There is something magical about the way snow transforms the dull browns of winter into a frosty fairyland. But winter can be very different for other parts of the country! Some may be wearing shorts and T-shirts and looking at blue skies. Others may be experiencing a steamy, damp day.
Some children have never seen snow. So does it make sense to carry out experiences related to snow? Each child care provider should make a decision based on what she knows about the children in her care. In general, children are interested in learning about snow, even when they live in warmer parts of the country. They typically have seen snow on television and in movies, and have often read books about snowy places. They are curious to learn more. So if your children are interested in snow and no snow is available, what do you do? Here are a few ways to incorporate snow activities:
USE Shaved Ice
Fill a water table or plastic tub with shaved ice. Provide mittens and let the children explore. Talk about how cold the ice feels. You may also want to offer small plastic shovels for digging.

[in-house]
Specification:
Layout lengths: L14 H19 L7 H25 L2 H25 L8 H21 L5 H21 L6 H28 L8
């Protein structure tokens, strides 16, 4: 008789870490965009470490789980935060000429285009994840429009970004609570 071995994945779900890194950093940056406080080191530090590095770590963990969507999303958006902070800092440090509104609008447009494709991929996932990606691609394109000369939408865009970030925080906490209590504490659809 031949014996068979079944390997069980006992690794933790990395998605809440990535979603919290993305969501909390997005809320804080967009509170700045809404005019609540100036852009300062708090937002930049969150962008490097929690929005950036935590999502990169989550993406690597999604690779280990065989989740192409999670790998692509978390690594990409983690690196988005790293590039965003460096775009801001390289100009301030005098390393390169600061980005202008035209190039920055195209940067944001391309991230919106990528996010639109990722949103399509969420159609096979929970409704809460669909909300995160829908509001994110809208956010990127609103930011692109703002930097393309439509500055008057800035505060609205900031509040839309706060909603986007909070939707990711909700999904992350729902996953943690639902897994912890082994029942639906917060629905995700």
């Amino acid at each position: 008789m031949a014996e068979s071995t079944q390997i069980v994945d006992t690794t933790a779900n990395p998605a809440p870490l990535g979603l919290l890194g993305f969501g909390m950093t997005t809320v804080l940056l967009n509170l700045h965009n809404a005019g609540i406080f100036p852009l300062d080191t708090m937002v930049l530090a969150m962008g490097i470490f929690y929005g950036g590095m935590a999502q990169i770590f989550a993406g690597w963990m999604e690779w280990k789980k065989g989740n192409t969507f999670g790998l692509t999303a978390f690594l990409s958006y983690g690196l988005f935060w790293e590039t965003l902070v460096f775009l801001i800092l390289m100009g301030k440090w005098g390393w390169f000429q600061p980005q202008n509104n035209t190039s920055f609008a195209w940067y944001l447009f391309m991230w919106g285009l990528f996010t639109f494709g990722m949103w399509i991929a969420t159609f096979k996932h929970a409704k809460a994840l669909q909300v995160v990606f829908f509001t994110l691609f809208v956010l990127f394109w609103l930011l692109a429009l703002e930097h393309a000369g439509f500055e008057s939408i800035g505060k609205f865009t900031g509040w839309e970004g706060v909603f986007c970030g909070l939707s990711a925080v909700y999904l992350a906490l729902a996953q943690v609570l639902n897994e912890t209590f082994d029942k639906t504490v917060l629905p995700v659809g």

Use Artificial Snow
SnoWonder® is a nontoxic polymer that looks and feels a lot like snow!
Read Books about Snow
Visit the library and check out a few books about snow. (Always preview books to decide which are appropriate for your group.)
- The Snowy Day by Ezra Jack Keats
- Snowballs by Lois Ehlert
- Biscuit’s Snowy Day by Alyssa Satin Capucilli
- The Snowman by Raymond Briggs
- Snowmen at Night by Caralyn Buehner
Have a Snowball Fight
Crush sheets of white paper and invite the children to toss them at each other for a pretend snowball fight. They can also pile up the crushed paper to make mounds of pretend snow.
Stuff different sizes of white garbage bags with newspaper or similar materials and tie them off. The children can stack them to create pretend snowmen. They can cut construction paper to make shapes to glue on for faces and buttons. You can even offer hats and scarves. (Note: Be sure to supervise to be sure the children use the materials safely. Empty plastic bags are a suffocation danger.)
Children may enjoy watching videos of snow falling. You can find many available online, here is one to consider. Just be sure to screen the videos before sharing to be sure they are appropriate for your group.